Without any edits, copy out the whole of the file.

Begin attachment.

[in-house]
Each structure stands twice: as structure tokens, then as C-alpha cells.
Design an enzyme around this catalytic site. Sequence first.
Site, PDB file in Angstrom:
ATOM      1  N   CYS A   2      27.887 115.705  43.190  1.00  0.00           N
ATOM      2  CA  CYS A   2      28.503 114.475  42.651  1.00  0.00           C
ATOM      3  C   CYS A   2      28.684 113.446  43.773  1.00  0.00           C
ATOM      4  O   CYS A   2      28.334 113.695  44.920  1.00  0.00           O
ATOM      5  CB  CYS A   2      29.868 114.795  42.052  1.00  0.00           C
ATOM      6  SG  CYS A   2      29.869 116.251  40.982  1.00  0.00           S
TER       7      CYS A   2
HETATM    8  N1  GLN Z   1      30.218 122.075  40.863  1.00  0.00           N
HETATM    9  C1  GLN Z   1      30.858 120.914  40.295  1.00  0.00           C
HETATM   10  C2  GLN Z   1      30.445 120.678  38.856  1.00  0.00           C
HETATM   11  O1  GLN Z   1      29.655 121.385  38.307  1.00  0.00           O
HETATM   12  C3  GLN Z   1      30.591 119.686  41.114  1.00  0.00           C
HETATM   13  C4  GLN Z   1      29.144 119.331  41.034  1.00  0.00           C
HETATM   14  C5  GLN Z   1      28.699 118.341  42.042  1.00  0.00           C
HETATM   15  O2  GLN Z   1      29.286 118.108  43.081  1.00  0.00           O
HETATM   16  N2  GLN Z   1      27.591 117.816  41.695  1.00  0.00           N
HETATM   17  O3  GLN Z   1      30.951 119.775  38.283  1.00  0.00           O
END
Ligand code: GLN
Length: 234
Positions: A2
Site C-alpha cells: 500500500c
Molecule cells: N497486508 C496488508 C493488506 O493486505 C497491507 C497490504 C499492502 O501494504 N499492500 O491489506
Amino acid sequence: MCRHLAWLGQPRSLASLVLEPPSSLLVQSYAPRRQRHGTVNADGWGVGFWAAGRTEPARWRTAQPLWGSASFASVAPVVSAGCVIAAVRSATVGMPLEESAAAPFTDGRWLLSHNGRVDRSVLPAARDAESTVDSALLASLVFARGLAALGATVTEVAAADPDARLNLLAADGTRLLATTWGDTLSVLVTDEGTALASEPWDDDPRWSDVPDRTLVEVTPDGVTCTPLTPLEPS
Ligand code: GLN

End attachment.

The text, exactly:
[in-house]
Each structure stands twice: as structure tokens, then as C-alpha cells.
Design an enzyme around this catalytic site. Sequence first.
Site, PDB file in Angstrom:
ATOM      1  N   CYS A   2      27.887 115.705  43.190  1.00  0.00           N
ATOM      2  CA  CYS A   2      28.503 114.475  42.651  1.00  0.00           C
ATOM      3  C   CYS A   2      28.684 113.446  43.773  1.00  0.00           C
ATOM      4  O   CYS A   2      28.334 113.695  44.920  1.00  0.00           O
ATOM      5  CB  CYS A   2      29.868 114.795  42.052  1.00  0.00           C
ATOM      6  SG  CYS A   2      29.869 116.251  40.982  1.00  0.00           S
TER       7      CYS A   2
HETATM    8  N1  GLN Z   1      30.218 122.075  40.863  1.00  0.00           N
HETATM    9  C1  GLN Z   1      30.858 120.914  40.295  1.00  0.00           C
HETATM   10  C2  GLN Z   1      30.445 120.678  38.856  1.00  0.00           C
HETATM   11  O1  GLN Z   1      29.655 121.385  38.307  1.00  0.00           O
HETATM   12  C3  GLN Z   1      30.591 119.686  41.114  1.00  0.00           C
HETATM   13  C4  GLN Z   1      29.144 119.331  41.034  1.00  0.00           C
HETATM   14  C5  GLN Z   1      28.699 118.341  42.042  1.00  0.00           C
HETATM   15  O2  GLN Z   1      29.286 118.108  43.081  1.00  0.00           O
HETATM   16  N2  GLN Z   1      27.591 117.816  41.695  1.00  0.00           N
HETATM   17  O3  GLN Z   1      30.951 119.775  38.283  1.00  0.00           O
END
Ligand code: GLN
Length: 234
Positions: A2
Site C-alpha cells: 500500500c
Molecule cells: N497486508 C496488508 C493488506 O493486505 C497491507 C497490504 C499492502 O501494504 N499492500 O491489506
Amino acid sequence: MCRHLAWLGQPRSLASLVLEPPSSLLVQSYAPRRQRHGTVNADGWGVGFWAAGRTEPARWRTAQPLWGSASFASVAPVVSAGCVIAAVRSATVGMPLEESAAAPFTDGRWLLSHNGRVDRSVLPAARDAESTVDSALLASLVFARGLAALGATVTEVAAADPDARLNLLAADGTRLLATTWGDTLSVLVTDEGTALASEPWDDDPRWSDVPDRTLVEVTPDGVTCTPLTPLEPS
Ligand code: GLN